After two years, we lost our first hen to a hawk

Discussion in 'Predators and Pests' started by LoveMyChicks2, Jan 21, 2011.

  1. LoveMyChicks2

    LoveMyChicks2 Out Of The Brooder

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    Jun 2, 2009
    Raeford, North Carolina
    I wasn't home at the time. My son went outside just in time to see the hawk in the yard eating on our poor hen. All our other birds were hiding under bushes with the roo in front. My son scared away the hawk and we buried our hen. I should have known. For some reason our crows have left. They leave our area once or twice a year and every time, the hawks start aggravating our birds. When the crows are back, we rest peacefully as they chase away the hawks. We actually watched a very big crow go into a hawk nest, pick up two babies (one at a time) and drop them to the ground. I felt sorry for the poor babies but what can you do? I have to have my girls safe. I say "bring on the crows!"

    Does anyone know why a crow hates hawks so much? I'm always amazed as the hawk could probably snap a crows neck but the hawk always turns tail and runs![​IMG]
     
  2. justmeandtheflock

    justmeandtheflock Overrun with ducklings :)

    May 27, 2009
    NW NJ
    I'm sorry [​IMG]. I lost my 1st one to a hawk the other day too. I also noticed that the crows don't seem to be around this week.
     
  3. dinahmoe

    dinahmoe Chillin' With My Peeps Premium Member

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    Sep 19, 2009
    central georgia
    this is from this link:

    http://www.birdhobbyist.com/articles/BirdHobbyist/Species/Crows.html
    Crows chase hawks and owls for the same reason that mockingbirds chase crows: to purge their territory of a potential predator. Crows especially hate Great Horned Owls, their main predator, and take particular delight in harassing these hapless raptors as they nap during the day, often calling in friends to participate in the chase. The few predators that crows, especially fledglings, might face (besides unfriendly humans) are raptors. Adult crows often participate in a behavior known as mobbing, in which they drive the threatening bird out by chasing it en masse. This may also be a means of demonstrating to young crows "this is what trouble looks like."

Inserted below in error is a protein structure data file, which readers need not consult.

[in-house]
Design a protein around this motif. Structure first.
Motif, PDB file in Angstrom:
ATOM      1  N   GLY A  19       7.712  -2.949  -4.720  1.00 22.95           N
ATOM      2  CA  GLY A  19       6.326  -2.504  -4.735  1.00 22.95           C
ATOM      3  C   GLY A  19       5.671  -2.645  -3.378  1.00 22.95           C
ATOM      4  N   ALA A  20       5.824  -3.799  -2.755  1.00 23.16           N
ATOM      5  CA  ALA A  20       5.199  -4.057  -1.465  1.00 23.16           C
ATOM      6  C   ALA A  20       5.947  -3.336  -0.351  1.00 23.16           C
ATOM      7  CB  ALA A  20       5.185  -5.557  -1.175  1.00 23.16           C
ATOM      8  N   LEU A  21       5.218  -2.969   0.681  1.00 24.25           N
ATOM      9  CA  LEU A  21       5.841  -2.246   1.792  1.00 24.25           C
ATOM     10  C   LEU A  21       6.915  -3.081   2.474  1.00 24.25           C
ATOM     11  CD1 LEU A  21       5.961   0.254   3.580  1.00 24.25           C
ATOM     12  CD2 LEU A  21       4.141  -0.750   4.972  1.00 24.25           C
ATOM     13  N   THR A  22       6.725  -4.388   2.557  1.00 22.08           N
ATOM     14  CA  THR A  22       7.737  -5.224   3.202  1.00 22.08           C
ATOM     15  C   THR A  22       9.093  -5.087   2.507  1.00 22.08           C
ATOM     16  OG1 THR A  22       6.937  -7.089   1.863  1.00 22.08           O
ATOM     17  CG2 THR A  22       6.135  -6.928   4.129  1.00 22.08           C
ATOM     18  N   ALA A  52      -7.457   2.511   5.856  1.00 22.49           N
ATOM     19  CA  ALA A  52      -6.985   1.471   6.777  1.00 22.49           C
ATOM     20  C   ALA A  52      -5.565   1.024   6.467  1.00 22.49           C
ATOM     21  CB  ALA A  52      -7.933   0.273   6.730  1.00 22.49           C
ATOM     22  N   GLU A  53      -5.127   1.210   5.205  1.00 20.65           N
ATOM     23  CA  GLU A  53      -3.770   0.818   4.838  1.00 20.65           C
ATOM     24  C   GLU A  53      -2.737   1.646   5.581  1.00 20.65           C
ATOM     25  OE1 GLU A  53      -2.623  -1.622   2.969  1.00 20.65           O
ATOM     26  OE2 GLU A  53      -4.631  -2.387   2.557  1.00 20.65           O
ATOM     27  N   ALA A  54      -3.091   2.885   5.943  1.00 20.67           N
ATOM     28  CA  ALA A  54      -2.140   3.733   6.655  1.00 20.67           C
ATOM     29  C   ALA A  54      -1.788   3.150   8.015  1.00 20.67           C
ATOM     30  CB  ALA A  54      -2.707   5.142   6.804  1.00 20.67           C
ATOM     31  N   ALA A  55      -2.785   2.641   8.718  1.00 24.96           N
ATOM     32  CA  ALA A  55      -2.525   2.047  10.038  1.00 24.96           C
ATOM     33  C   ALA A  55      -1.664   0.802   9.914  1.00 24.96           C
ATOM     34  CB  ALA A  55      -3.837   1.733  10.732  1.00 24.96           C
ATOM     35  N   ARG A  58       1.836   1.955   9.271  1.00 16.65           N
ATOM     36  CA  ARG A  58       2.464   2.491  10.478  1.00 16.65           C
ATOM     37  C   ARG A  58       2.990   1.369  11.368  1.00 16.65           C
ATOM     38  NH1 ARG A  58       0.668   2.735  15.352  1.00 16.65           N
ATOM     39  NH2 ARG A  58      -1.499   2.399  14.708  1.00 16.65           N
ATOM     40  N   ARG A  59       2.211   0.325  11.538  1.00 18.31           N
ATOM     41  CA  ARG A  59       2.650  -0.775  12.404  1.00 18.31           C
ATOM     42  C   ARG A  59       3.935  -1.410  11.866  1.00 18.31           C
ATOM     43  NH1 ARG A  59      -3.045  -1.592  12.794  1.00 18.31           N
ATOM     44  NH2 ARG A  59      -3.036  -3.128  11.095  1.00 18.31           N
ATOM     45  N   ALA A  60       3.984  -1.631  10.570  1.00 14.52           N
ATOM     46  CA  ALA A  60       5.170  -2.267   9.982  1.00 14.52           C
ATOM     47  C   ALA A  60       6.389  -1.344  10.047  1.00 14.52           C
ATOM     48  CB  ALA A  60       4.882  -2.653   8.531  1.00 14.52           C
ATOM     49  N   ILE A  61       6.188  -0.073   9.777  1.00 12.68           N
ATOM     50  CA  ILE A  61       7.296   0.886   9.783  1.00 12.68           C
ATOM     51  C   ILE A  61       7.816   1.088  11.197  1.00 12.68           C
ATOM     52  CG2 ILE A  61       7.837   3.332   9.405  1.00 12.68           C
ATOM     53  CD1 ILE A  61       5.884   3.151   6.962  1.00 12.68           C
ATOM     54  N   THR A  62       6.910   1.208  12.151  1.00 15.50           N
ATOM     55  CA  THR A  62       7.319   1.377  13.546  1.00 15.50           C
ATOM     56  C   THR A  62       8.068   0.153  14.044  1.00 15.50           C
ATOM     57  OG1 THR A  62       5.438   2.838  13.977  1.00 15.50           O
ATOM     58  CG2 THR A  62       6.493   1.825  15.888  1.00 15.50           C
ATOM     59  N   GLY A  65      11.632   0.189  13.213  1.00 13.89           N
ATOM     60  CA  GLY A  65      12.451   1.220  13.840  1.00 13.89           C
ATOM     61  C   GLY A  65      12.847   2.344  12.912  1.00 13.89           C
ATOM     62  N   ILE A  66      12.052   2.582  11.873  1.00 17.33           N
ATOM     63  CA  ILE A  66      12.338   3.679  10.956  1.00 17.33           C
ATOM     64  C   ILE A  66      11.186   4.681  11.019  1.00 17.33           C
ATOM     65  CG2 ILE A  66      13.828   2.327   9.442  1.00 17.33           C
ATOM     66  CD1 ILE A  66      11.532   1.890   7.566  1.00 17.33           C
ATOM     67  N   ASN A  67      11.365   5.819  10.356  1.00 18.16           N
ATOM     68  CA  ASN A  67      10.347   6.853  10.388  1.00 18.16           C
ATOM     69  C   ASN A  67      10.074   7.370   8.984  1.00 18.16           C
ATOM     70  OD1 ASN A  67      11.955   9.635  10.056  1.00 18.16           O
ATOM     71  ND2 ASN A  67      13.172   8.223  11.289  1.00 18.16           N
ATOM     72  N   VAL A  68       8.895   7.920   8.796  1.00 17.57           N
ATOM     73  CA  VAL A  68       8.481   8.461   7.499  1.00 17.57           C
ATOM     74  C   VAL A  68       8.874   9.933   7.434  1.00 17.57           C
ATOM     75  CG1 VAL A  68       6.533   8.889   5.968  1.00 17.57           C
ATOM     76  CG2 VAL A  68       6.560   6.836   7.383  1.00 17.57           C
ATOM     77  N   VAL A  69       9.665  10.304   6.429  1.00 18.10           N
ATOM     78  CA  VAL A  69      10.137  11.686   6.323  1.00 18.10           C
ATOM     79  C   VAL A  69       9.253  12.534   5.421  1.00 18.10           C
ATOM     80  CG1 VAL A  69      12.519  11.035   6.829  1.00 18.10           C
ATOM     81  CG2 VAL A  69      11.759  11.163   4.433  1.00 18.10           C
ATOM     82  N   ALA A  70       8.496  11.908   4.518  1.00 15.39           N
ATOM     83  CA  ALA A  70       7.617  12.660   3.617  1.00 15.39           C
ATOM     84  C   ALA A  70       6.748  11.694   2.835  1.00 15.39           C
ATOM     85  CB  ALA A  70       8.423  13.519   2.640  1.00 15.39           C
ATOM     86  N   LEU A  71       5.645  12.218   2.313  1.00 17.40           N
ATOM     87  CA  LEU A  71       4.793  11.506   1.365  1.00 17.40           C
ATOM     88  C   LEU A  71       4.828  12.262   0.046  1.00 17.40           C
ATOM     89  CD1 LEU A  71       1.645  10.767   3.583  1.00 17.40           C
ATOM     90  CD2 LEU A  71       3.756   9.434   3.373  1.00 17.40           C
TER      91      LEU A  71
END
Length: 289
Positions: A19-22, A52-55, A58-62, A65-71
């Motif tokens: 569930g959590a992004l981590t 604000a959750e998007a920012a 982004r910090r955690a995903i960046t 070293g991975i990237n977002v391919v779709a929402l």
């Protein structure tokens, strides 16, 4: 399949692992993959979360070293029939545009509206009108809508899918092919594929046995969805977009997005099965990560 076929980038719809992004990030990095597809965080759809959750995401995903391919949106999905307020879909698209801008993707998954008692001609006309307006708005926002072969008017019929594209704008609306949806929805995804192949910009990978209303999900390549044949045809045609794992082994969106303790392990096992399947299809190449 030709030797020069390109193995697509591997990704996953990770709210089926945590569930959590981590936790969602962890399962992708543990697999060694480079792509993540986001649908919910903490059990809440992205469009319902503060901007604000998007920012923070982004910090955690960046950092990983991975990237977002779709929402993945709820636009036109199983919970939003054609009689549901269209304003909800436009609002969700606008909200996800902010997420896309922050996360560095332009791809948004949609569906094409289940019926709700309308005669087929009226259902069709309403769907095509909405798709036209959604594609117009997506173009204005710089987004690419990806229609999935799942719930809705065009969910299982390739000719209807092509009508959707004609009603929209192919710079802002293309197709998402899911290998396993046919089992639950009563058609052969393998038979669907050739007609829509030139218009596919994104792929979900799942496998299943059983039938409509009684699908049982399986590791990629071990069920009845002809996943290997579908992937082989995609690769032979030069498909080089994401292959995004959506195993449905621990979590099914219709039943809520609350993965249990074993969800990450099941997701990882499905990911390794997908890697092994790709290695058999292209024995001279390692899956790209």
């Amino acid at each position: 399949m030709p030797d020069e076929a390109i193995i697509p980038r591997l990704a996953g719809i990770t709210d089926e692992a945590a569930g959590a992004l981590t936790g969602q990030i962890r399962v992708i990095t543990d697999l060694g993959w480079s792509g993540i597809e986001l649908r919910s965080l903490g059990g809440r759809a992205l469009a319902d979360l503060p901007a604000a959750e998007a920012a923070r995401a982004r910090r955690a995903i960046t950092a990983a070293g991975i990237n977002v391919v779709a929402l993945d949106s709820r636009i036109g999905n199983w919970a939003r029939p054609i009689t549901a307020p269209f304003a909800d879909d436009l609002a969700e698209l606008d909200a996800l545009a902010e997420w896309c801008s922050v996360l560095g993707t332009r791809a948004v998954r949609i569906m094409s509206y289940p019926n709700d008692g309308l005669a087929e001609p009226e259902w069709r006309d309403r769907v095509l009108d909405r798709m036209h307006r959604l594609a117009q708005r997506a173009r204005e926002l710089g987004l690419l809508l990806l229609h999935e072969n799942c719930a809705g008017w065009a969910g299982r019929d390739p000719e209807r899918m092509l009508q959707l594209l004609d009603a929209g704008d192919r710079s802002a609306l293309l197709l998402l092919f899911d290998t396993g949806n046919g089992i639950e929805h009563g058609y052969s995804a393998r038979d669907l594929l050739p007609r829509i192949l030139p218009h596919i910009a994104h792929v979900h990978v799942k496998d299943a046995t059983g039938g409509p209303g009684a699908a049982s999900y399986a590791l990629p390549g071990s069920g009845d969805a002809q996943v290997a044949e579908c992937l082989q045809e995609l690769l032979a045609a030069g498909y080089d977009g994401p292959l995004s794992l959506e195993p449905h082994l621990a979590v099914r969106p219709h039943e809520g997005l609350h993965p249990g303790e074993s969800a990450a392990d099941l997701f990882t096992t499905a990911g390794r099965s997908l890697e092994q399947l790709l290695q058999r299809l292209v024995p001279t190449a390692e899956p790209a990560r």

4. Cranman

    Cranman Out Of The Brooder

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    Oct 2, 2010
    Sanford NC
    We lost a hen today too, not sure it was a hawk but that's what I suspect. I wonder if its seasonal, if it was a hawk it appears three of us lost a hen to one on the same day...?
     
  5. CMV

    CMV Flock Mistress

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    Apr 15, 2009
    About 8 years ago I moved from a small city to the country. One of the first things I saw upon arrival was the most impressive aerial battle I have ever seen. It was between a hawk and a crow (or possibly raven). I have never seen an aerial battle like that in my life. The hawk and the crow were battling in mid-air, full out. The crow was actually flying through the air upside down, attacking the hawk with his feet as he was flying. The end result was the hawk getting chased away. It couldn't take the concerted attack that was being aimed at it by a bird that was significantly smaller than it. I have often wished that I had had a video camera that day to get proof of that battle. It was amazing- the feints, the rolls, the feathers flying, the absolute no-holds-barred ferocity that I witnessed. Stunning. I don't know why crows hate hawks, but they do. They really do.
     

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